January 31st, 2013
Nature’s ability to create iridescent flowers has been recreated by mathematicians at the University.
The team of researchers have collaborated with colleagues at the University of Cambridge to create a mathematical model of a plant’s petals to help us learn more about iridescence in flowering plants and the role it may play in attracting pollinators.
An iridescent surface appears to change colour when viewed from different angles. It is found in nature in insects, feathers inside sea shells and in some plants. Iridescence in flowers may signal to pollinators such as bumblebees, which are crucial to crop production.
Understanding how petals produce iridescence to attract pollinators is a major goal in plant biology. About 35% of global crop production depends on petal-mediated animal pollination but a fall in pollinator numbers has started to limit the odds of pollination and reduce crop production rates.
Flowers and the animals that pollinate plants interact at the petal surface. Iridescence in plants is produced by nanoscale ridges on the top of the cells in the petal’s epidermal surface. These tiny ridges produce structures called diffraction gratings. The particular shape and spacing of these ridges and the shape of the cells sculpt the outermost layer of the petal, giving it a unique physical, mechanical or optical property. These properties interfere with different wavelengths of light creating the colour variation when it is seen at different angles. Pollinators, such as bumblebees, can detect the iridescent signal produced by petal nanoridges and can learn to use this signal to identify rewarding flowers.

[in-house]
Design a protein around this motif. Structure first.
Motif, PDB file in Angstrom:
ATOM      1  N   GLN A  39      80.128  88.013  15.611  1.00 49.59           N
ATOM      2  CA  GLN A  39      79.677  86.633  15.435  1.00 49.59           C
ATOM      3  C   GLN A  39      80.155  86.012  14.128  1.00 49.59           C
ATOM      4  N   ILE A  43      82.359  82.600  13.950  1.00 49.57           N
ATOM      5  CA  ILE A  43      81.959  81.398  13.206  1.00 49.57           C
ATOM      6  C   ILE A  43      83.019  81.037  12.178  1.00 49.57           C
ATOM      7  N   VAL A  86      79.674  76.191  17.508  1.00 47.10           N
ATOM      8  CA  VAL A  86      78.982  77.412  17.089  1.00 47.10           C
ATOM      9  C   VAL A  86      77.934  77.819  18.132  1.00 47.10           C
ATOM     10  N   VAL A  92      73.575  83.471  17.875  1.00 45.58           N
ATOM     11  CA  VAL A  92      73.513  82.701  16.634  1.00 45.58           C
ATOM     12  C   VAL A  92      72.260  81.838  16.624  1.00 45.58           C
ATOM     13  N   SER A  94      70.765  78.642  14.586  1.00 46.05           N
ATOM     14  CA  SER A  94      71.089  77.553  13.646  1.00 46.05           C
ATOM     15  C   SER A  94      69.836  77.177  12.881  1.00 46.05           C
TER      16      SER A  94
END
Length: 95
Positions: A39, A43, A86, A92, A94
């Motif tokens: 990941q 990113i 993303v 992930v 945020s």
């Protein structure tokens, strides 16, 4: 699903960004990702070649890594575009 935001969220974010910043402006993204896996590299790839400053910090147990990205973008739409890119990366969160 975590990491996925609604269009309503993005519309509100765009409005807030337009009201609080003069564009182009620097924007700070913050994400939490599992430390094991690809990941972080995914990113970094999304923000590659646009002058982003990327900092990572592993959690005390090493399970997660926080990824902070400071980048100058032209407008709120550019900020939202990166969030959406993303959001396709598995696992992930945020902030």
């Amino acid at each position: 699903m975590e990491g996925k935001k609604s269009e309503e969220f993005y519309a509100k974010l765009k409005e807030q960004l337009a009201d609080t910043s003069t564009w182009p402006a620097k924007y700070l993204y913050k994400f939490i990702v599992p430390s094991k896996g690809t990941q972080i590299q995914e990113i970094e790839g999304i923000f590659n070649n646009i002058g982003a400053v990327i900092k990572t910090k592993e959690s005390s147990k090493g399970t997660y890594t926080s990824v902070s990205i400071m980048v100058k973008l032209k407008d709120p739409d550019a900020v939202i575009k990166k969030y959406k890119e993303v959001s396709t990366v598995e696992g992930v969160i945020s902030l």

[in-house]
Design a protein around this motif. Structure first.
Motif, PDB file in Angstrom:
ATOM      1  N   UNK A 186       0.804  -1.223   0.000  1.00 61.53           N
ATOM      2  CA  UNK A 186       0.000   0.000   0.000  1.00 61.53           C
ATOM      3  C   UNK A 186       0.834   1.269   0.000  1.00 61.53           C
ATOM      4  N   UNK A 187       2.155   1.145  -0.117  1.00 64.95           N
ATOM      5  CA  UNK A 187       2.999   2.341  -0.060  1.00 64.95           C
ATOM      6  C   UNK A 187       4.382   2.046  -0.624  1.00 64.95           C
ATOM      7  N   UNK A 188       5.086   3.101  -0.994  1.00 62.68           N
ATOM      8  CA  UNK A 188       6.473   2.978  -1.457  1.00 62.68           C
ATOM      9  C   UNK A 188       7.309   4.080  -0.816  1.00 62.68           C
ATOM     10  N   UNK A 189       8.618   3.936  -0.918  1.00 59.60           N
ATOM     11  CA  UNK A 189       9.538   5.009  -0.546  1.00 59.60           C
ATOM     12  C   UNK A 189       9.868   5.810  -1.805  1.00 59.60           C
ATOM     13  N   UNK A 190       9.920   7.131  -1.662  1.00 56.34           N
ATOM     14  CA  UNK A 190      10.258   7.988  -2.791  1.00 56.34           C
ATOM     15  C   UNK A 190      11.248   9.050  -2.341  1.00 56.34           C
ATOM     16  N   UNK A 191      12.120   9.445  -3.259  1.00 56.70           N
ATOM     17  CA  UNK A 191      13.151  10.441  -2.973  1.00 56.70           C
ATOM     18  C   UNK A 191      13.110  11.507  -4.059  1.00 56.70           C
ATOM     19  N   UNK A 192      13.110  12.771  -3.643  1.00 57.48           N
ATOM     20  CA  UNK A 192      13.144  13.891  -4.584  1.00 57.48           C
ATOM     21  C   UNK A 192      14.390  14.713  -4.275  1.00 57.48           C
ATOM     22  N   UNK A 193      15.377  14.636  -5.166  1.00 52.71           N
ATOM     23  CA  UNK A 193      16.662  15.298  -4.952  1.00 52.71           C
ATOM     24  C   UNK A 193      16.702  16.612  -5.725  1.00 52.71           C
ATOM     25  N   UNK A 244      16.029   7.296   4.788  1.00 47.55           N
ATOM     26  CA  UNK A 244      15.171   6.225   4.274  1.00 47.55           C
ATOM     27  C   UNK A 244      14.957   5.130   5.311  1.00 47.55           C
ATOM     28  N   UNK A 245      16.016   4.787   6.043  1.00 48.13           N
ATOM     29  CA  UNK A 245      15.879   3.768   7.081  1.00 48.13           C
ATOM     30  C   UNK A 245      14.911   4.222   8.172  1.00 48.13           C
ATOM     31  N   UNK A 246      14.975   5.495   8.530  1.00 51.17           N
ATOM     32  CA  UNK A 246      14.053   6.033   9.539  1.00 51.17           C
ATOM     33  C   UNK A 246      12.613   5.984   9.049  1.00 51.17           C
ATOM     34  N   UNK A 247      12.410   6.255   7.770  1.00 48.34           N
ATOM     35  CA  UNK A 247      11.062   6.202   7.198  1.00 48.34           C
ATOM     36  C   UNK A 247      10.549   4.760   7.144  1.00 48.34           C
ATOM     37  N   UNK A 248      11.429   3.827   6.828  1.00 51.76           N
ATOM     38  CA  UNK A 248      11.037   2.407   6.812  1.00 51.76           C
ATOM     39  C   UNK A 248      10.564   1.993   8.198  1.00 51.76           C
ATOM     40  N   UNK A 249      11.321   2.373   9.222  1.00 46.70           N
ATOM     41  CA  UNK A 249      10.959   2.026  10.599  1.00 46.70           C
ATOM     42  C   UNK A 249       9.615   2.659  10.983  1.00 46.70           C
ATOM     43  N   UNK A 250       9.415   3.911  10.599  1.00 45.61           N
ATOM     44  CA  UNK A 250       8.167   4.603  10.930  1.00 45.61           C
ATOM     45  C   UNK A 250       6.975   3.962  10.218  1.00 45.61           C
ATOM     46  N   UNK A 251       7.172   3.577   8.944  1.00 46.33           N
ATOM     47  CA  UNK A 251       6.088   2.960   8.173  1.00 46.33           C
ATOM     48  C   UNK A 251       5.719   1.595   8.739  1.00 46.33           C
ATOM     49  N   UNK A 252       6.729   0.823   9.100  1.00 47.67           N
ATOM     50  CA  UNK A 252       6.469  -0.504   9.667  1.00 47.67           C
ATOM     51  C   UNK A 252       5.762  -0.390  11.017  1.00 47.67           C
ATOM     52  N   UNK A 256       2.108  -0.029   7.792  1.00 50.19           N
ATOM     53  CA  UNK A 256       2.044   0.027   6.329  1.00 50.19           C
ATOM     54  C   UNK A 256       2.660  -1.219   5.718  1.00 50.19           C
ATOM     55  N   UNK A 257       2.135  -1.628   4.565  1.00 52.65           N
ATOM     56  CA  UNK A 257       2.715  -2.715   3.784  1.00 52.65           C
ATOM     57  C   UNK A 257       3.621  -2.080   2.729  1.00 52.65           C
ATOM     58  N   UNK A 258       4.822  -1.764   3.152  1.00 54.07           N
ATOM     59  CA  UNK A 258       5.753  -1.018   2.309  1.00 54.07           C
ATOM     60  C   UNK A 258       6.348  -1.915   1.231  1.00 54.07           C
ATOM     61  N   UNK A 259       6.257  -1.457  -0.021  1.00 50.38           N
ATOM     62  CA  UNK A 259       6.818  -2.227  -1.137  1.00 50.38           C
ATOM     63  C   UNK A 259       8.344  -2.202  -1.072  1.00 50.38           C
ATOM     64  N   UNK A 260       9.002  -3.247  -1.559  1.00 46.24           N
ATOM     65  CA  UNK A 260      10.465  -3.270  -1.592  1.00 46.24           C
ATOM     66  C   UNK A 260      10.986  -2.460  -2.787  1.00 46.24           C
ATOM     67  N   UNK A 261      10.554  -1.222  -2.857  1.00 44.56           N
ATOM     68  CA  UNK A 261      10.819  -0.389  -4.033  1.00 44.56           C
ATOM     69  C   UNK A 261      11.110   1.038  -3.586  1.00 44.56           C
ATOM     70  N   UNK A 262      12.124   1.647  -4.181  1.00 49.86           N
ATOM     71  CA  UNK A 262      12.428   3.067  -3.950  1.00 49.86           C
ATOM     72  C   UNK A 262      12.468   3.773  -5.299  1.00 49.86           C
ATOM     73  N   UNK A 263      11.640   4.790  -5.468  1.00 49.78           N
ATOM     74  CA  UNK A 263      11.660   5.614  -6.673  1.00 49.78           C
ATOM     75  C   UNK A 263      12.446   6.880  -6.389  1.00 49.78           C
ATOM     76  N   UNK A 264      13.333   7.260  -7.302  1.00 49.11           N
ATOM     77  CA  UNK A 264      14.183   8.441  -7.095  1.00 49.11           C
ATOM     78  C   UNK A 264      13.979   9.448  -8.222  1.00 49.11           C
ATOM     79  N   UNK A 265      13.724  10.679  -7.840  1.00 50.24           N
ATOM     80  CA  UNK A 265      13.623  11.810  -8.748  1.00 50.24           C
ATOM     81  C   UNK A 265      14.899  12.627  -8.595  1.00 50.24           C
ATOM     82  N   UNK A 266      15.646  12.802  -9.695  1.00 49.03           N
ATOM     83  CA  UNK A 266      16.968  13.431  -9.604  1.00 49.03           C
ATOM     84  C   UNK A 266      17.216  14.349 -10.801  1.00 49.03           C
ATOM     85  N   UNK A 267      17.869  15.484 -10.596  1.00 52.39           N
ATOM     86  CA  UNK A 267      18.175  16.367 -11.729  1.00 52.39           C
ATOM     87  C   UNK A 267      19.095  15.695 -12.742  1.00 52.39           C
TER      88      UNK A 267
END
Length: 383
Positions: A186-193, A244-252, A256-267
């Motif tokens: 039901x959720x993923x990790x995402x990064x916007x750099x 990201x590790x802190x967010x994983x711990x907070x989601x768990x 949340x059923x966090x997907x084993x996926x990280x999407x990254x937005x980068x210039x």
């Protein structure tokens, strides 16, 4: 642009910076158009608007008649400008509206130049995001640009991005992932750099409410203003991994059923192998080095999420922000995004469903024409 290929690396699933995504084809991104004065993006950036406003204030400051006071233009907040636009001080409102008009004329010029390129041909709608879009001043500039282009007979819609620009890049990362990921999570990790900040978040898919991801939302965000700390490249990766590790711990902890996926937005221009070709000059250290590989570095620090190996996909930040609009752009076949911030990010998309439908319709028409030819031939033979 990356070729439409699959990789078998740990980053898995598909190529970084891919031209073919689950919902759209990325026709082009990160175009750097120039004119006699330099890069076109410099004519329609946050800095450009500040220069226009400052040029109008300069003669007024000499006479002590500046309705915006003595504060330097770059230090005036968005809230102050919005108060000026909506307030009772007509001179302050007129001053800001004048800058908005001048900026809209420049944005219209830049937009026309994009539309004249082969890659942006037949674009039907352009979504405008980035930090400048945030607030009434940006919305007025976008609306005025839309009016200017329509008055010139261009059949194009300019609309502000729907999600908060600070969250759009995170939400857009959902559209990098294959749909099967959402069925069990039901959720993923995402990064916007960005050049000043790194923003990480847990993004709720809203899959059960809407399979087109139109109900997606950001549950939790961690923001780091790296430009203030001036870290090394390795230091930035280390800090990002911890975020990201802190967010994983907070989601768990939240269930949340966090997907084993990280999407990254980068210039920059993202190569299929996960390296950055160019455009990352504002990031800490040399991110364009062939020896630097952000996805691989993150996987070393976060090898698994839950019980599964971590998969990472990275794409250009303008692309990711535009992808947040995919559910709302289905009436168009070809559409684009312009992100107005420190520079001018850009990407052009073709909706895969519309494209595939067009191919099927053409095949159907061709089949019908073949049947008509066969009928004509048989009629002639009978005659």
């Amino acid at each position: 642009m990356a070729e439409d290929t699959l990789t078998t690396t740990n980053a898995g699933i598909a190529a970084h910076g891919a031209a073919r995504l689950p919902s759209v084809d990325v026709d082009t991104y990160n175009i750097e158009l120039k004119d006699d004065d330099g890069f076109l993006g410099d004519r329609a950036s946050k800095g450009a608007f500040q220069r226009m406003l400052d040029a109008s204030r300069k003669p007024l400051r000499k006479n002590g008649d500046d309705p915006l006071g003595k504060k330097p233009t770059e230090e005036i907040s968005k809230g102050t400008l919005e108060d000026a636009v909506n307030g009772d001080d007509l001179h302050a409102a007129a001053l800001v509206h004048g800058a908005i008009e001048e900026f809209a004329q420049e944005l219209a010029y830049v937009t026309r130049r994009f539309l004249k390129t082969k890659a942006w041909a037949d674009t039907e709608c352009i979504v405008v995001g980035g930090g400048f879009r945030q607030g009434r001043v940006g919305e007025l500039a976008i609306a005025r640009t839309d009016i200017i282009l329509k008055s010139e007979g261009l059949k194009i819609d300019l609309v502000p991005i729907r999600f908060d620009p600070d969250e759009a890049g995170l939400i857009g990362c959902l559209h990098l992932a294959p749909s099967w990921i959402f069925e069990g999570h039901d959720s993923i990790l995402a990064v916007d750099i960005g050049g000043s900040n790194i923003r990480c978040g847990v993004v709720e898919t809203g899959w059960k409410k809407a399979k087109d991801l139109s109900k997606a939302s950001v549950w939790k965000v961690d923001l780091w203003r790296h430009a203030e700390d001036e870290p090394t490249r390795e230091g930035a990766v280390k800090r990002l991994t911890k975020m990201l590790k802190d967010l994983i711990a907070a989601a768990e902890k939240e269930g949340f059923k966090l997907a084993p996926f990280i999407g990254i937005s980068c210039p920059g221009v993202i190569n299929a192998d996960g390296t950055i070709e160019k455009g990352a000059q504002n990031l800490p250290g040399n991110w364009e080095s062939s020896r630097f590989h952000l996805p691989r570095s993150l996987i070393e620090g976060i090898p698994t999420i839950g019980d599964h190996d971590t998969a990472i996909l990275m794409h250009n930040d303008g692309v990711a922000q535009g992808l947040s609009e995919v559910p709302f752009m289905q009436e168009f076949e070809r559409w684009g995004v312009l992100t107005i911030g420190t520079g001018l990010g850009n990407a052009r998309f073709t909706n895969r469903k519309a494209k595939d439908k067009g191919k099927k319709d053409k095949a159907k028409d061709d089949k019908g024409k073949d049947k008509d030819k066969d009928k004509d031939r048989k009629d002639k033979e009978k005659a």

The research has been published in the Journal of The Royal Society, Interface. Rea Antoniou Kourounioti, a PhD student in the School of Biosciences, said: “We provide a first analysis of how petal surface patterns might be produced. Our team of researchers combined experimental data with mathematical modelling to develop a biomechanical model of the outer layers of a petal or leaf. We used this to demonstrate that mechanical buckling of the outermost, waxy cuticle layer, can create the ridge patterns observed in nature on petals and leaves. Learning more about how iridescence is produced is important for pollination of crops and also for other types of patterning in biology.”
The research was undertaken by The University of Nottingham, University of Cambridge, University of Manchester and Biotalentum Ltd. The study was initiated by the Mathematics in the Plant Sciences Study Group, an annual UK-based workshop organised by The University of Nottingham’s Centre for Plant Integrative Biology, which kick-starts collaborations between plant scientists and mathematicians.
Tags: Centre for Plant Integrative Biology, Interface, Mathematics in the Plant Sciences Study Group, Rea Antoniou Kourounioti, Royal Society, School of Biosciences
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